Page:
The devastating Canberra fires of 18 January 2003 not only took four lives, injured over 400 people, and destroyed 500 homes and Mount Stromlo Observatory in western Canberra, but also took out 70 per cent of Canberra’s pastures, forest and pine plantations, and nature parks. Ten years on in 2013, and the same year as Canberra’s centenary, the National Arboretum opened its doors to the public. Stretching over 250 hectares (over 600 acres) with views over Lake Burley Griffin, the Tuggeranong Valley, Molonglo and the distant Brindabella Ranges—the Arboretum commemorates 100 years of Canberra history, and standing on a site of one of the original pine plantations has also become a symbol of the 2003 bushfire recovery program.
The Arboretum also represents Canberra planner Sir Walter Burley Griffin’s vision for a place of trees, shrubs and plants for the purpose of conservation, preservation, education and display, and is home to 94 forests of rare, endangered and symbolic trees from Australia and around the world, and over 48,000 trees are growing across the site.
As well as an existing stand of 5,000 Himalayan Pines, and an 80 year old Cork Oak plantation, the site now includes a large variety of Australian eucalypts and pines, Silky Oaks, Norway Spruce, Moroccan and Saharan Cypress, figs and palms from California and the Mediterranean, and various cedars including the ancient Cedar of Lebanon. Beautiful flowering trees such as magnolia and cherry trees sit along the boundary road that runs parallel to the lake, and between the Zoo and Aquarium entrance and Boundary Road you can find more plantings of gum and pine varieties, plum and pear, and Pecan and Persian Walnut.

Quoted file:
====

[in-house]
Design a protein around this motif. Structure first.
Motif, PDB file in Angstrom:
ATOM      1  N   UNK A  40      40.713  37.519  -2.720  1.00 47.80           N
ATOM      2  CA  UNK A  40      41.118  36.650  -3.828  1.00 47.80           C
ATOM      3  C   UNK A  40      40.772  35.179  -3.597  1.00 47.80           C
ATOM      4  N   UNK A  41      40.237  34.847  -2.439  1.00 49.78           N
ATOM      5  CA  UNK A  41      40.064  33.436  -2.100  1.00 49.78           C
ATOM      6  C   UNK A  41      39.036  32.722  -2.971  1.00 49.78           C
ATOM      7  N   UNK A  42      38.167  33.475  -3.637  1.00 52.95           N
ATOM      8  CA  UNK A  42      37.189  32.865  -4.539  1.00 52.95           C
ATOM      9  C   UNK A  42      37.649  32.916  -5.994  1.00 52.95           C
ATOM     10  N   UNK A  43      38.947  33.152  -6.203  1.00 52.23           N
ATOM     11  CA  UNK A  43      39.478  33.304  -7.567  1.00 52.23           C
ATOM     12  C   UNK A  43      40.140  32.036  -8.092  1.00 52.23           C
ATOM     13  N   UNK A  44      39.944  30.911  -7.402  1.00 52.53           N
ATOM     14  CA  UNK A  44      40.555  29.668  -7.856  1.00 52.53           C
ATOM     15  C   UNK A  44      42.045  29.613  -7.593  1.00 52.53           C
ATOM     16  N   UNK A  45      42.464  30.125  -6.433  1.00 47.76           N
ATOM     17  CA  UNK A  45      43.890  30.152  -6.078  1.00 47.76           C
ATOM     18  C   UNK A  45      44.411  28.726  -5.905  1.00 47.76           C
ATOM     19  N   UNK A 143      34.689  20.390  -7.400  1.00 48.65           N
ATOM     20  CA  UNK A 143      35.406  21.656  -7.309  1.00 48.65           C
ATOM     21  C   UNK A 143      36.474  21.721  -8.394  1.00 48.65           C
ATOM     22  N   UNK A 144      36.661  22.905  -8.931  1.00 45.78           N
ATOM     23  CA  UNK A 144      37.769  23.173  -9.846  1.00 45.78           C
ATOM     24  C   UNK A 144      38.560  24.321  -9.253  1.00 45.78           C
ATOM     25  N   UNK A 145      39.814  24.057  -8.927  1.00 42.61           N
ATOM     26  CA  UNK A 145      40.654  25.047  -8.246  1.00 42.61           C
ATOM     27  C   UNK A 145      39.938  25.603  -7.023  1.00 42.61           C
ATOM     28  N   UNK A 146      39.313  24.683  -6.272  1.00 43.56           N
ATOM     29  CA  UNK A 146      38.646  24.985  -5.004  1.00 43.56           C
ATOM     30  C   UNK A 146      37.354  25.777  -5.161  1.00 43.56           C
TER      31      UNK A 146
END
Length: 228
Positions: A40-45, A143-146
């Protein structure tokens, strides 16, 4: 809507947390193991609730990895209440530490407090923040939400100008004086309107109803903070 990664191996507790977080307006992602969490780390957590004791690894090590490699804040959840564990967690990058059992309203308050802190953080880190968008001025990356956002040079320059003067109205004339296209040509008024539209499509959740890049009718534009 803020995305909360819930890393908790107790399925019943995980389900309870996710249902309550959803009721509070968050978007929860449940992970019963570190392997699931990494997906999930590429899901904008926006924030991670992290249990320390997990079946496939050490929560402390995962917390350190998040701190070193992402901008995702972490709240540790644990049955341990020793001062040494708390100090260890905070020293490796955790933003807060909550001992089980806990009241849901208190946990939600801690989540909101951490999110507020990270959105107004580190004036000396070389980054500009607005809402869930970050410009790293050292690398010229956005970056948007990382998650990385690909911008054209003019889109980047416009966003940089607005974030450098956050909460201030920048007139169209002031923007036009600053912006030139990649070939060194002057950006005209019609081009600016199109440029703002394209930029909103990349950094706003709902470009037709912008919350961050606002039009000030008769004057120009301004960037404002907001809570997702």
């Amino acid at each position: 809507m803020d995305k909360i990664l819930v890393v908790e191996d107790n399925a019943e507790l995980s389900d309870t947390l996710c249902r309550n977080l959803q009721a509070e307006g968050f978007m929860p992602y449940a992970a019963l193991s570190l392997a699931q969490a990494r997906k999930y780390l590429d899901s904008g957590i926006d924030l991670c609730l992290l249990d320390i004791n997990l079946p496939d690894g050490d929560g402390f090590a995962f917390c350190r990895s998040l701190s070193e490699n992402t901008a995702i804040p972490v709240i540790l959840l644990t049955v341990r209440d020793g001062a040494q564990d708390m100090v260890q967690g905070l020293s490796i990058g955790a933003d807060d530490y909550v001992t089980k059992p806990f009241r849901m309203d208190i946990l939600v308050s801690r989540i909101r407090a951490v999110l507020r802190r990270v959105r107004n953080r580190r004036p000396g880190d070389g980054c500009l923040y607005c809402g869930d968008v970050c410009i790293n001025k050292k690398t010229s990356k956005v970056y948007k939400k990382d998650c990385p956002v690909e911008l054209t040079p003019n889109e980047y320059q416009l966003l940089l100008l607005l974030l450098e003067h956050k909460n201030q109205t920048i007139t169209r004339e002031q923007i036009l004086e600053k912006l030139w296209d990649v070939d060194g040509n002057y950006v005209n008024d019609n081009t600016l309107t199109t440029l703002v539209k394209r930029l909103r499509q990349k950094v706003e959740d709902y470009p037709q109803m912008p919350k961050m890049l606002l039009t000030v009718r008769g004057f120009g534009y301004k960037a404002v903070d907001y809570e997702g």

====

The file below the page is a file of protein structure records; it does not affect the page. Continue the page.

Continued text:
Given a few years, the spectacular Ginkgo biloba (Maidenhair tree), Wollemia nobilis (Wollemi Pine), and Jubaea chilensis (Chilean Wine Palm) will offset the stunning Events Terrace—a large flat grassed space between the Pavilion and the Visitor Centre—that will provide lawns and walkways lined with trees, a ‘Gallery of Gardens’ area, bench seating, and feature and event lighting.
So, apart from the trees, what else is at the Arboretum?
The hub of the Arboretum is the large Village Centre which includes a café, restaurant, and gift shop, and boasts stunning views over Canberra and the lake. Just outside the centre are the Bonsai Deck, and the National Bonsai and Penjing Collection of Australia; with stunning examples of some of the finest miniature forests and trees in the world.
There is also a great pod playground with giant acorn cubby houses, nest swings and lots of other fun and games to keep the little ones occupied.
The annual Voices in the Forest—an operatic spectacular—includes singers from Australia, New Zealand, Europe and Asia, and concerts are held (come rain or shine) in the Amphitheatre.
The National Arboretum is huge and you can spend more than a day walking the trails and forests. Free guided walks leave every 30 minutes from the Village Centre, or you can do your own self-guided walk from between 30 minutes to 1.5 hours over a variety of terrain. You don’t need a map but good walking shoes are a good bet as some of the trails are steep and rocky.
The Arboretum is also used for exhibitions, and is currently running Warm Trees, a combined effort of hundreds of volunteer knitters and school children from the Canberra and wider Australian community, who made scarves, or sent in their school scarves, for an innovative art display. Warm Trees is designed to encourage visitors to the Arboretum in winter time.
Take a walk; check out the sculptures along the way, then get your breath back in the café where you can sip on latte and enjoy one of the best views in Canberra.
The Warm Tree exhibit runs to 31 August 2014
Pod Playground and Wide Brown Land images courtesy National Arboretum
All other photos by LFW